As someone who enjoyably played with those fridge magnets featuring selected words to create pseudo-Shakespeare poetry and who posted Will’s 155th Sonnet for the kalends of April, I know the draw of concocting pretend texts by the Bard. And the obvious clue to the nature of this book is in what’s appended beneath the title: “a novel by Arthur Phillips.”

The novelist deserves praise for not only constructing a seemingly authentic late Elizabethan play but for daring to create, despite the inherent drawbacks, an alternative and very flawed portrait of himself. And for giving us a superb and most excellent example of metafiction in all its dissimulating glory.

Reading the Theatre, Lory @ Entering the Enchanted Castle

My review of the play that forms the last section of The Tragedy of Arthur is here, on my Pendragonry blog.

2023 is the 400th anniversary of the publication of the First Folio, seven years after Shakespeare’s death. This was the first printing of all the canonical plays associated with Shakespeare in an edition published by colleagues and friends. And of course this review anticipates the 23rd April which, as well as marking the day he died, is the date of his supposed birthday.

The Tragedy of Arthur was also read for Lory’s annual April-long event Reading the Theatre. My previous reviews for this have included A Mixture of Frailties (1958) by Robertson Davies, Hag-Seed by Margaret Atwood, John Milton’s Comus and Journey to the River Sea by Eva Ibbotson. Other stage-related reviews have included Moominsummer Madness by Tove Jansson, a group discussion of Shakespeare’s The Tempest, Leaven of Malice by Robertson Davies, titles mentioned in a post entitled Characters with theatrical jobs, and an extended examination with Lizzie Ross of Shakespeare’s Cymbeline.

8 thoughts on “Most excellent: #ReadingTheTheatre

    1. Can’t believe you claim you’re not organised, Helen, disorganised is my middle name! I had this recommended to me years ago but only now got round to reading it – I was finally in the mood for it and, coincidentally, it fell in with the Theatre theme. 🙂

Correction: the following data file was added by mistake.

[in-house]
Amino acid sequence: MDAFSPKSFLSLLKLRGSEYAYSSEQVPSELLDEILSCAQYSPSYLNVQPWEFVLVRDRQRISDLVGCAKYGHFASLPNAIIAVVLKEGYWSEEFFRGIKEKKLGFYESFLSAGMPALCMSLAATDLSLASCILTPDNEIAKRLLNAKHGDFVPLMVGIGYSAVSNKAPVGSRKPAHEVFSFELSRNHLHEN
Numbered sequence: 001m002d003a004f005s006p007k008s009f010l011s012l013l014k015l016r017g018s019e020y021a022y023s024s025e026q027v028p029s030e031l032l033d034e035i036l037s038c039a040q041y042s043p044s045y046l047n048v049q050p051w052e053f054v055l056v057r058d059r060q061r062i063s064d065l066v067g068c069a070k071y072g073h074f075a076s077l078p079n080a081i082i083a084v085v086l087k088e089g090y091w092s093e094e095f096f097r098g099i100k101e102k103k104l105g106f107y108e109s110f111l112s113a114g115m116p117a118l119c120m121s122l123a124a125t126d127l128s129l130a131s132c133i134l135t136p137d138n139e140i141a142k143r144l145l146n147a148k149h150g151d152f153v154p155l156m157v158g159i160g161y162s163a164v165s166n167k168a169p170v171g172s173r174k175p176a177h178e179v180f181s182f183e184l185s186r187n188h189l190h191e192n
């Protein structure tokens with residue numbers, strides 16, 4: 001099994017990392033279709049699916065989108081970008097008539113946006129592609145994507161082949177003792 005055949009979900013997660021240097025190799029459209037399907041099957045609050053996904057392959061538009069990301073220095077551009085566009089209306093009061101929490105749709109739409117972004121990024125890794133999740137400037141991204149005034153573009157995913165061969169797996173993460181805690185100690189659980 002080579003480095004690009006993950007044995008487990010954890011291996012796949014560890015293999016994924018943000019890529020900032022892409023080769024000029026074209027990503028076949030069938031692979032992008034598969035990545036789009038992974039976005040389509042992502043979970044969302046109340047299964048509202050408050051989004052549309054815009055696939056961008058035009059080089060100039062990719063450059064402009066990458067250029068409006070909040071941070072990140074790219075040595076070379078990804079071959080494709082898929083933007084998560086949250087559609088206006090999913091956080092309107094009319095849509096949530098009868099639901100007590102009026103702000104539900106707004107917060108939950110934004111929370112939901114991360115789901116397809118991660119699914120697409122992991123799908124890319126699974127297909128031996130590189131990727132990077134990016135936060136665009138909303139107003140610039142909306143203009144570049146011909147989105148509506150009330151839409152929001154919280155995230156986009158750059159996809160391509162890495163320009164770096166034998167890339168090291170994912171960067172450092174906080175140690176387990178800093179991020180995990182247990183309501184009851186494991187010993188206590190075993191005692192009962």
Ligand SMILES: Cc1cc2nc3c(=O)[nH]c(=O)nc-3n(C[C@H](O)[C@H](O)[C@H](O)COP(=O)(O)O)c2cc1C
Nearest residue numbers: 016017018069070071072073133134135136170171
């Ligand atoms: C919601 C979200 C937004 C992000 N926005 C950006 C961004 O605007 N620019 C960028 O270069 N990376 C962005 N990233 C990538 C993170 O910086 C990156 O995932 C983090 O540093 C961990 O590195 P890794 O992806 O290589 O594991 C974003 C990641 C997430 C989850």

Liked by 1 person

  1. Another excellent review, Chris. ‘The Tragedy of Arthur’ is a perfect choice for #ReadingTheTheater month!

    I set it alongside Michael Frayn’s ‘Headlong’ and Graham Moore’s ‘The Sherlockian’, similar in how the authors play around with Shakespeare’s style, Breughel’s art, or Sherlock Holme’s fandom.

    Liked by 2 people

    1. Thanks, Lizzie, I really meant to read this a few years ago but only the relatively recent acquisition of a proof copy of the hardback edition to replace a paperback prompted me to consider it!

      I don’t know the Moore but I quite liked the Frayn when I read it pre-blogging, was rather weirdly more disappointed that the ‘missing’ Breughel was ‘destroyed’ than that the modernised text of The Tragical Historie was available to read …

      Liked by 1 person

  2. Sounds very clever and worth looking into. Metafiction does not always work for me, when the self-referentialness becomes too solipstistic, but the pointing up of the blurry line between fiction and truth, art and life, can be interesting, amusing and even eye-opening. Thanks for reviewing this and for linking up with Reading the Theatre!

    Liked by 2 people

    1. I think it was either brave or foolhardy of Phillips to clothe the skeleton of his life with this novel, but it’s pretty obvious he officially gives very little of his real personal life away!

      Anyway, amusing it very certainly was, and clever in how it played with reader expectations. I was pleased to finally get round to reading it under the umbrella of Reading the Theatre, so thank you. 🙂

      Liked by 1 person

Do leave a comment

Fill in your details below or click an icon to log in: Logo

You are commenting using your account. Log Out /  Change )

Facebook photo

You are commenting using your Facebook account. Log Out /  Change )

Connecting to %s

This site uses Akismet to reduce spam. Learn how your comment data is processed.